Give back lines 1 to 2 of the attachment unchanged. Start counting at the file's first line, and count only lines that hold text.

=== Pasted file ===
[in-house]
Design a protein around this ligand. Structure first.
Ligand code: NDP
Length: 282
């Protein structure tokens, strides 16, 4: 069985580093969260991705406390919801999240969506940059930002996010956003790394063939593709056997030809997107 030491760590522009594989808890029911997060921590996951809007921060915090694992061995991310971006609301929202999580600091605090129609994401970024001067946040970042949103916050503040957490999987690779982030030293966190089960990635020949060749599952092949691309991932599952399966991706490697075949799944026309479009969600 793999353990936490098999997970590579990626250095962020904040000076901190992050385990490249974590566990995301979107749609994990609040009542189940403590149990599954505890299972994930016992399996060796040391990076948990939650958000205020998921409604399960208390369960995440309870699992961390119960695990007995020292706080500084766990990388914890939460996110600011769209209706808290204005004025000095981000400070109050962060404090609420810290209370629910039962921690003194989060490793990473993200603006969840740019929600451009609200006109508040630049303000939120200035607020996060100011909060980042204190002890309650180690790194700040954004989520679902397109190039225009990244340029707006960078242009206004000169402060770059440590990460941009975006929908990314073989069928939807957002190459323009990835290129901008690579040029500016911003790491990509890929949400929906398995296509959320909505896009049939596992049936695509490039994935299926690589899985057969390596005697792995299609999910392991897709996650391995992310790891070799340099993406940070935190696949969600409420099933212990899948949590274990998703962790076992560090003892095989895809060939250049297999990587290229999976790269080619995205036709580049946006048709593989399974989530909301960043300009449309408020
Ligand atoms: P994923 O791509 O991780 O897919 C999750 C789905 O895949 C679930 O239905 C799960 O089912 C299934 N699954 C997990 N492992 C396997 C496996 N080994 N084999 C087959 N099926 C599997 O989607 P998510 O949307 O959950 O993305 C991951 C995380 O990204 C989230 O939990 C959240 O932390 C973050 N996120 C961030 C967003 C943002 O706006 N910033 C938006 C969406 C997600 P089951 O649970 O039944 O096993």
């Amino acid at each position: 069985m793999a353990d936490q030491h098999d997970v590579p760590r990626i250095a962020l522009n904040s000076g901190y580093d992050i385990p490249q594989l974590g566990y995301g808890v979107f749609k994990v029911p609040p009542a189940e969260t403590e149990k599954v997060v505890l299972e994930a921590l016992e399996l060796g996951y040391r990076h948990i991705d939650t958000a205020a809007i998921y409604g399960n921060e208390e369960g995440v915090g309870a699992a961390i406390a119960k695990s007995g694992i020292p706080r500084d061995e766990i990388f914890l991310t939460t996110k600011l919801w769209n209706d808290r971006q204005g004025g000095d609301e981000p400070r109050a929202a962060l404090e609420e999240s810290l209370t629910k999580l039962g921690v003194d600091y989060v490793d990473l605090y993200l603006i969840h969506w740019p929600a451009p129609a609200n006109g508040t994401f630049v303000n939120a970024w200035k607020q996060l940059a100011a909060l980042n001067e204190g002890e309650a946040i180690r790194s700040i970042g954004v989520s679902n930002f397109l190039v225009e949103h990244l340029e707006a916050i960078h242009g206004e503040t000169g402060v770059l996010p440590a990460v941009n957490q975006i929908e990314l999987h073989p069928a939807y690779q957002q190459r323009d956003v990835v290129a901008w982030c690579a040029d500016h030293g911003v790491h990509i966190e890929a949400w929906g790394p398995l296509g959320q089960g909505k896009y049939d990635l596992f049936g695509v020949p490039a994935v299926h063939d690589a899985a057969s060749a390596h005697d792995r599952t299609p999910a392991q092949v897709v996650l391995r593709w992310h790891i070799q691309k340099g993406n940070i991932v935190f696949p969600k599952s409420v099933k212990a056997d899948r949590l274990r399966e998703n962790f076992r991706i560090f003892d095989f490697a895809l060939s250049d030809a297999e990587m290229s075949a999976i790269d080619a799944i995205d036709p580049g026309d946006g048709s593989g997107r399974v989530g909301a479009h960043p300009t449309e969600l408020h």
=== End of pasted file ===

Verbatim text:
[in-house]
Design a protein around this ligand. Structure first.